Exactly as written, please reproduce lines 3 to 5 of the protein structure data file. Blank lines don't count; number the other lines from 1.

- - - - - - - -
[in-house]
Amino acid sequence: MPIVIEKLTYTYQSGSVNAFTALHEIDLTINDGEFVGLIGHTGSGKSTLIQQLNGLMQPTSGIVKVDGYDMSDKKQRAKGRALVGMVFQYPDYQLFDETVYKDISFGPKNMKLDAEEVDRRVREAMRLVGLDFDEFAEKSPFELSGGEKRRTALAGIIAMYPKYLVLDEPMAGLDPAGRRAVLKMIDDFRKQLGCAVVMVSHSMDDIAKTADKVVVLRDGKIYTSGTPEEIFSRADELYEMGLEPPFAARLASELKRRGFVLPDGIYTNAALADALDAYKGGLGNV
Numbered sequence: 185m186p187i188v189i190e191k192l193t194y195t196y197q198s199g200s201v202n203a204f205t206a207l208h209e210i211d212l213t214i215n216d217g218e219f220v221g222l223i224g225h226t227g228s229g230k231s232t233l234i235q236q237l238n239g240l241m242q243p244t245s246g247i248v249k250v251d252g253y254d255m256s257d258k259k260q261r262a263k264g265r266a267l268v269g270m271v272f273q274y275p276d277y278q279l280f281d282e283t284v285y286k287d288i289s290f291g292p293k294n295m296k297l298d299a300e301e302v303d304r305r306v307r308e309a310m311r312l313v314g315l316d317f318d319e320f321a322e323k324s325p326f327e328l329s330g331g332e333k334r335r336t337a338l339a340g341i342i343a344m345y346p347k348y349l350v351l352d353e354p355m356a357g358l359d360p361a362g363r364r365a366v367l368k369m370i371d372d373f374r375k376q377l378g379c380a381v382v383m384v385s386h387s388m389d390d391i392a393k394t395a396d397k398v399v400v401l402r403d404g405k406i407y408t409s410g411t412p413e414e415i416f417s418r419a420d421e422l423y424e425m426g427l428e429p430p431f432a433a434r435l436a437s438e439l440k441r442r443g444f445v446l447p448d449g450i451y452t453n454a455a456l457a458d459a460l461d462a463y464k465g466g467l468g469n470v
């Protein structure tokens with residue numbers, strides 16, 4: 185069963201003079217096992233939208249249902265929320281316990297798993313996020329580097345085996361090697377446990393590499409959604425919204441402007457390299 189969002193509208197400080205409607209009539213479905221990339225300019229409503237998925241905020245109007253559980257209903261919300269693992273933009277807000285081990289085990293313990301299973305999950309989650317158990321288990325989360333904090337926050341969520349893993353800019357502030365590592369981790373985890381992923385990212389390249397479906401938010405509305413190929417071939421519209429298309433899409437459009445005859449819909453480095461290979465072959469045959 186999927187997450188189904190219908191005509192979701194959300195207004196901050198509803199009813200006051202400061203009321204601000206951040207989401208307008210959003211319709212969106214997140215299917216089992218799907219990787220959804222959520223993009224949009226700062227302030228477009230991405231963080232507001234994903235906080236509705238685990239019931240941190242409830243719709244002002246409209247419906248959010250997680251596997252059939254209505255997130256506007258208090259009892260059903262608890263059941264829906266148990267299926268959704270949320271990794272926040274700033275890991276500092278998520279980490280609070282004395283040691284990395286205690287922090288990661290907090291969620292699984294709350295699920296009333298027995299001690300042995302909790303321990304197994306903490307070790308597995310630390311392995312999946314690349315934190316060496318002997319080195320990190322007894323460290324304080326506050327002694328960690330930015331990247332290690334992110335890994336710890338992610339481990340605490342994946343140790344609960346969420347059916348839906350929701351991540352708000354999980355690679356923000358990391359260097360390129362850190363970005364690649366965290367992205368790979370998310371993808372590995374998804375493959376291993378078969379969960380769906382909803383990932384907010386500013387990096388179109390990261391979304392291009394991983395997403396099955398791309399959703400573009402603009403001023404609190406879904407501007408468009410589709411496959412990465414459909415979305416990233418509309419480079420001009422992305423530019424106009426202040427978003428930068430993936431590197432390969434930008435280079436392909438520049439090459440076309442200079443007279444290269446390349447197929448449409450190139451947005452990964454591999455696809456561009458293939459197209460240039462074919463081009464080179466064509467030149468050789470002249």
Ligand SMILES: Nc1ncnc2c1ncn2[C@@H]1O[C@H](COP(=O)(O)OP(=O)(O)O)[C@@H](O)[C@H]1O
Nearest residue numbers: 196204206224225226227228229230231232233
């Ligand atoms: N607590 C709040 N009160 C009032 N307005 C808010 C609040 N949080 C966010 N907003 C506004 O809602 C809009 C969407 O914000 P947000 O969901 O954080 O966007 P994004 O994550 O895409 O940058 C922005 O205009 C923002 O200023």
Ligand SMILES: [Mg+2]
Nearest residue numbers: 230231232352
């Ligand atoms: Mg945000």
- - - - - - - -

Numbered sequence: 185m186p187i188v189i190e191k192l193t194y195t196y197q198s199g200s201v202n203a204f205t206a207l208h209e210i211d212l213t214i215n216d217g218e219f220v221g222l223i224g225h226t227g228s229g230k231s232t233l234i235q236q237l238n239g240l241m242q243p244t245s246g247i248v249k250v251d252g253y254d255m256s257d258k259k260q261r262a263k264g265r266a267l268v269g270m271v272f273q274y275p276d277y278q279l280f281d282e283t284v285y286k287d288i289s290f291g292p293k294n295m296k297l298d299a300e301e302v303d304r305r306v307r308e309a310m311r312l313v314g315l316d317f318d319e320f321a322e323k324s325p326f327e328l329s330g331g332e333k334r335r336t337a338l339a340g341i342i343a344m345y346p347k348y349l350v351l352d353e354p355m356a357g358l359d360p361a362g363r364r365a366v367l368k369m370i371d372d373f374r375k376q377l378g379c380a381v382v383m384v385s386h387s388m389d390d391i392a393k394t395a396d397k398v399v400v401l402r403d404g405k406i407y408t409s410g411t412p413e414e415i416f417s418r419a420d421e422l423y424e425m426g427l428e429p430p431f432a433a434r435l436a437s438e439l440k441r442r443g444f445v446l447p448d449g450i451y452t453n454a455a456l457a458d459a460l461d462a463y464k465g466g467l468g469n470v
């Protein structure tokens with residue numbers, strides 16, 4: 185069963201003079217096992233939208249249902265929320281316990297798993313996020329580097345085996361090697377446990393590499409959604425919204441402007457390299 189969002193509208197400080205409607209009539213479905221990339225300019229409503237998925241905020245109007253559980257209903261919300269693992273933009277807000285081990289085990293313990301299973305999950309989650317158990321288990325989360333904090337926050341969520349893993353800019357502030365590592369981790373985890381992923385990212389390249397479906401938010405509305413190929417071939421519209429298309433899409437459009445005859449819909453480095461290979465072959469045959 186999927187997450188189904190219908191005509192979701194959300195207004196901050198509803199009813200006051202400061203009321204601000206951040207989401208307008210959003211319709212969106214997140215299917216089992218799907219990787220959804222959520223993009224949009226700062227302030228477009230991405231963080232507001234994903235906080236509705238685990239019931240941190242409830243719709244002002246409209247419906248959010250997680251596997252059939254209505255997130256506007258208090259009892260059903262608890263059941264829906266148990267299926268959704270949320271990794272926040274700033275890991276500092278998520279980490280609070282004395283040691284990395286205690287922090288990661290907090291969620292699984294709350295699920296009333298027995299001690300042995302909790303321990304197994306903490307070790308597995310630390311392995312999946314690349315934190316060496318002997319080195320990190322007894323460290324304080326506050327002694328960690330930015331990247332290690334992110335890994336710890338992610339481990340605490342994946343140790344609960346969420347059916348839906350929701351991540352708000354999980355690679356923000358990391359260097360390129362850190363970005364690649366965290367992205368790979370998310371993808372590995374998804375493959376291993378078969379969960380769906382909803383990932384907010386500013387990096388179109390990261391979304392291009394991983395997403396099955398791309399959703400573009402603009403001023404609190406879904407501007408468009410589709411496959412990465414459909415979305416990233418509309419480079420001009422992305423530019424106009426202040427978003428930068430993936431590197432390969434930008435280079436392909438520049439090459440076309442200079443007279444290269446390349447197929448449409450190139451947005452990964454591999455696809456561009458293939459197209460240039462074919463081009464080179466064509467030149468050789470002249």
Ligand SMILES: Nc1ncnc2c1ncn2[C@@H]1O[C@H](COP(=O)(O)OP(=O)(O)O)[C@@H](O)[C@H]1O